This house by Mexican architect Tatiana Bilbao comprises a cluster of five-sided concrete blocks that emerge from a forested hillside to offer panoramic views towards the city of Monterrey.
The family home was designed by Bilbao's Mexico City studio to occupy a steeply sloping plot with an awkward topography.
The uneven terrain informed a proposal that extends across the site, composed of a series of connected volumes arranged to optimise the available views.
With its outlook over the nearby metropolis, the hillside property evokes images of properties in the Hollywood Hills captured in the mid 20th century by photographer Julius Shulman.
"This reference was a starting point and an inspiration to begin our design, based a pentagon module as a design parameter, which derived from a spatial diagram and the topography," Bilbao's team explained.
Each pentagon is positioned to follow the landscape. This separation into distinct units helped to fulfil the client's request for a division between public and private spaces within the home.
"We didn't build a house over the hillside," said the team, "we built a house which grew organically on the hill and became part of the composition of the natural environment."
The arrangement of cantilevered structures incorporating full-height glazed surfaces and terraces overlooking the city reaffirms the connection with Shulman's famous images.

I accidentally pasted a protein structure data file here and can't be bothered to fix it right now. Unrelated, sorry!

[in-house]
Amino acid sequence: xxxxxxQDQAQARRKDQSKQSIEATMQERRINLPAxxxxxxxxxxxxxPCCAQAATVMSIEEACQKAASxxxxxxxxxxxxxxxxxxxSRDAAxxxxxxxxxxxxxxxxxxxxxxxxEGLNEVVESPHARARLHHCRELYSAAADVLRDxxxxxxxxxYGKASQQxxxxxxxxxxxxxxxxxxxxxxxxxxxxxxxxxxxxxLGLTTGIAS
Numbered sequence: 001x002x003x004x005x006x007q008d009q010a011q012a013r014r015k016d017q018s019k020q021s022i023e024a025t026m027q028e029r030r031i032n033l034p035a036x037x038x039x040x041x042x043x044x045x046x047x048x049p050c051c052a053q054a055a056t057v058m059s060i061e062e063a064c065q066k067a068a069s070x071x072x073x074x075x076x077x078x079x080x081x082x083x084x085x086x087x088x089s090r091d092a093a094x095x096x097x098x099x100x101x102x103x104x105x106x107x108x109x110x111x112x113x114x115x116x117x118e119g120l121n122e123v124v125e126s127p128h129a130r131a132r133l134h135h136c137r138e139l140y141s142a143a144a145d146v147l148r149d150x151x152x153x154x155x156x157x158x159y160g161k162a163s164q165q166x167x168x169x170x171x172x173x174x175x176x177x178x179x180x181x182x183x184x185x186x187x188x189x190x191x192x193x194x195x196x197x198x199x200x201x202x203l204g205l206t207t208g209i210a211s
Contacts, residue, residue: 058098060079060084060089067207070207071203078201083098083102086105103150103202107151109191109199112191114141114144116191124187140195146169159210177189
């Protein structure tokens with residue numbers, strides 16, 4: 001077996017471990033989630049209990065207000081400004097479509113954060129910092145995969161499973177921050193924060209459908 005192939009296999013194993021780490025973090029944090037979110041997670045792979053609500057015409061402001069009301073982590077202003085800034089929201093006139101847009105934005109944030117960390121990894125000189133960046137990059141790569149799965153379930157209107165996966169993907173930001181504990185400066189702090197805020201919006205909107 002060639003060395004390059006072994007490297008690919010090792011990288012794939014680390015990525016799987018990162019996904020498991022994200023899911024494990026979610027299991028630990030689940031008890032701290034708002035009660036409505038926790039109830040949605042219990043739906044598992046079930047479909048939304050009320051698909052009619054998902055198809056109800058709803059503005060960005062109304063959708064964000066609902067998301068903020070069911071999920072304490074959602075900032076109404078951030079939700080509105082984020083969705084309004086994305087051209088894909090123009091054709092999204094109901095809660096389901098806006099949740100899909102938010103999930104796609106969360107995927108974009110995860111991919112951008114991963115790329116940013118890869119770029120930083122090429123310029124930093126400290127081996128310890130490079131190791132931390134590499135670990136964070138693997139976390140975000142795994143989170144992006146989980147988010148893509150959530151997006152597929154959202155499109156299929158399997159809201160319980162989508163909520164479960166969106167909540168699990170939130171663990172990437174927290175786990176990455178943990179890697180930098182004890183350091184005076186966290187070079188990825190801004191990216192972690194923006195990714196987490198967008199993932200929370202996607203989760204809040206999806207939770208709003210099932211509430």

Communal spaces are accommodated in a series of modules at the lowest, flattest portion of the site, where a large living area with more seamless connectivity was created.
The private rooms are housed in units that step gradually up and around the edge of the slope. A spiral staircase ensures an uninterrupted flow between the various levels.
The use of raw concrete throughout the building was informed by the landscape and by the site's demanding structural and climatic requirements.
The rugged, angular forms and textured surfaces of the exterior lend the house a monolithic, geological quality that recalls a geological formation like a cliff face.
Wood used internally for walls, shelves and floor tiles offers a warm and natural contrast to the smooth concrete surfaces.
Large planters suspended in a light-filled atrium complement views of the surrounding vegetation.
Tatiana Bilbao ranked at number 236 in the inaugural Dezeen Hot List – a guide to the most newsworthy names in architecture and design.
Her previous projects include a flexible building prototype to address Mexico's housing shortage and a biotechnology facility for a university comprising a stack of glass boxes.
Photography is by Rory Gardiner.